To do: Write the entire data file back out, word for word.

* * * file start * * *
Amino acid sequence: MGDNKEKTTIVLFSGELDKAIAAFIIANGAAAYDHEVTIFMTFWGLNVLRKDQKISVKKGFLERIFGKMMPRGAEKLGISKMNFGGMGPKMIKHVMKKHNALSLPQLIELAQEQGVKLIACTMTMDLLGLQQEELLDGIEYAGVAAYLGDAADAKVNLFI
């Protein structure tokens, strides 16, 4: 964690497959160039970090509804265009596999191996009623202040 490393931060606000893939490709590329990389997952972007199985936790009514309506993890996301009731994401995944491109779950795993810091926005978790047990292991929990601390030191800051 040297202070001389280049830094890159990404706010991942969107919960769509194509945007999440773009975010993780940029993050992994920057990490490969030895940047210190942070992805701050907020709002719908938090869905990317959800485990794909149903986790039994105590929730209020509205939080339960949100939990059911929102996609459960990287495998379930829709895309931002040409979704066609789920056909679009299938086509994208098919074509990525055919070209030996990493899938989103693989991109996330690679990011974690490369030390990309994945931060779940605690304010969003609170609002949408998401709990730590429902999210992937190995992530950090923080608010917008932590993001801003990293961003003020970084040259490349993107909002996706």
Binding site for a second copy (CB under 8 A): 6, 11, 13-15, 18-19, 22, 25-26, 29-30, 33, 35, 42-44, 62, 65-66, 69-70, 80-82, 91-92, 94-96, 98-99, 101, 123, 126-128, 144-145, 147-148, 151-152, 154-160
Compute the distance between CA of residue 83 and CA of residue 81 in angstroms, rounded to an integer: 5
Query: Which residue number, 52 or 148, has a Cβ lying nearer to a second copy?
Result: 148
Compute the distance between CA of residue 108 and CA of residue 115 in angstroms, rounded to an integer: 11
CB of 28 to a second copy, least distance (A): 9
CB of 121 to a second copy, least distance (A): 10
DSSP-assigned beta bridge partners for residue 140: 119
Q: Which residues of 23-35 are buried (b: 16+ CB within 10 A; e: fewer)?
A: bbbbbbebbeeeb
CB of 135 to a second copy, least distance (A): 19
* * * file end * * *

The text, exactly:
Amino acid sequence: MGDNKEKTTIVLFSGELDKAIAAFIIANGAAAYDHEVTIFMTFWGLNVLRKDQKISVKKGFLERIFGKMMPRGAEKLGISKMNFGGMGPKMIKHVMKKHNALSLPQLIELAQEQGVKLIACTMTMDLLGLQQEELLDGIEYAGVAAYLGDAADAKVNLFI
């Protein structure tokens, strides 16, 4: 964690497959160039970090509804265009596999191996009623202040 490393931060606000893939490709590329990389997952972007199985936790009514309506993890996301009731994401995944491109779950795993810091926005978790047990292991929990601390030191800051 040297202070001389280049830094890159990404706010991942969107919960769509194509945007999440773009975010993780940029993050992994920057990490490969030895940047210190942070992805701050907020709002719908938090869905990317959800485990794909149903986790039994105590929730209020509205939080339960949100939990059911929102996609459960990287495998379930829709895309931002040409979704066609789920056909679009299938086509994208098919074509990525055919070209030996990493899938989103693989991109996330690679990011974690490369030390990309994945931060779940605690304010969003609170609002949408998401709990730590429902999210992937190995992530950090923080608010917008932590993001801003990293961003003020970084040259490349993107909002996706």
Binding site for a second copy (CB under 8 A): 6, 11, 13-15, 18-19, 22, 25-26, 29-30, 33, 35, 42-44, 62, 65-66, 69-70, 80-82, 91-92, 94-96, 98-99, 101, 123, 126-128, 144-145, 147-148, 151-152, 154-160
Compute the distance between CA of residue 83 and CA of residue 81 in angstroms, rounded to an integer: 5
Query: Which residue number, 52 or 148, has a Cβ lying nearer to a second copy?
Result: 148
Compute the distance between CA of residue 108 and CA of residue 115 in angstroms, rounded to an integer: 11
CB of 28 to a second copy, least distance (A): 9
CB of 121 to a second copy, least distance (A): 10
DSSP-assigned beta bridge partners for residue 140: 119
Q: Which residues of 23-35 are buried (b: 16+ CB within 10 A; e: fewer)?
A: bbbbbbebbeeeb
CB of 135 to a second copy, least distance (A): 19